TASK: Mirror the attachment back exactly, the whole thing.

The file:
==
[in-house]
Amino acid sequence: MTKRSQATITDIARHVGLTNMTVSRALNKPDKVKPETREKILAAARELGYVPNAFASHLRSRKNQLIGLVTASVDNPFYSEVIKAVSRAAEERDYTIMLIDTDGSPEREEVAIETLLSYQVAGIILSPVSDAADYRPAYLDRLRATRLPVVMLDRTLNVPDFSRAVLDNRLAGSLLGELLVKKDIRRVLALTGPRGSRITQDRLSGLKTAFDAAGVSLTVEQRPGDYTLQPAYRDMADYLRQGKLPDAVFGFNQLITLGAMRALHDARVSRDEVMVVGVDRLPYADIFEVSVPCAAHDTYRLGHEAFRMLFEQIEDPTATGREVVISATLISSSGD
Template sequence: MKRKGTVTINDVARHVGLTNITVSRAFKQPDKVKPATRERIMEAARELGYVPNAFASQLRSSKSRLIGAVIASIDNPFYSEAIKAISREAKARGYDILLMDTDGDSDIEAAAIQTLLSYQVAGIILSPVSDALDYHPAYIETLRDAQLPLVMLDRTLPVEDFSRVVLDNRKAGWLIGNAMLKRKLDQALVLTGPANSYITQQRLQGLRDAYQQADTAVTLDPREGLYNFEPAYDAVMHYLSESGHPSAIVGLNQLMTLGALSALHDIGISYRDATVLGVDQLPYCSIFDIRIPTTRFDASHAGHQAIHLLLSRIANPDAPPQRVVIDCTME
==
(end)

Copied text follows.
[in-house]
Amino acid sequence: MTKRSQATITDIARHVGLTNMTVSRALNKPDKVKPETREKILAAARELGYVPNAFASHLRSRKNQLIGLVTASVDNPFYSEVIKAVSRAAEERDYTIMLIDTDGSPEREEVAIETLLSYQVAGIILSPVSDAADYRPAYLDRLRATRLPVVMLDRTLNVPDFSRAVLDNRLAGSLLGELLVKKDIRRVLALTGPRGSRITQDRLSGLKTAFDAAGVSLTVEQRPGDYTLQPAYRDMADYLRQGKLPDAVFGFNQLITLGAMRALHDARVSRDEVMVVGVDRLPYADIFEVSVPCAAHDTYRLGHEAFRMLFEQIEDPTATGREVVISATLISSSGD
Template sequence: MKRKGTVTINDVARHVGLTNITVSRAFKQPDKVKPATRERIMEAARELGYVPNAFASQLRSSKSRLIGAVIASIDNPFYSEAIKAISREAKARGYDILLMDTDGDSDIEAAAIQTLLSYQVAGIILSPVSDALDYHPAYIETLRDAQLPLVMLDRTLPVEDFSRVVLDNRKAGWLIGNAMLKRKLDQALVLTGPANSYITQQRLQGLRDAYQQADTAVTLDPREGLYNFEPAYDAVMHYLSESGHPSAIVGLNQLMTLGALSALHDIGISYRDATVLGVDQLPYCSIFDIRIPTTRFDASHAGHQAIHLLLSRIANPDAPPQRVVIDCTME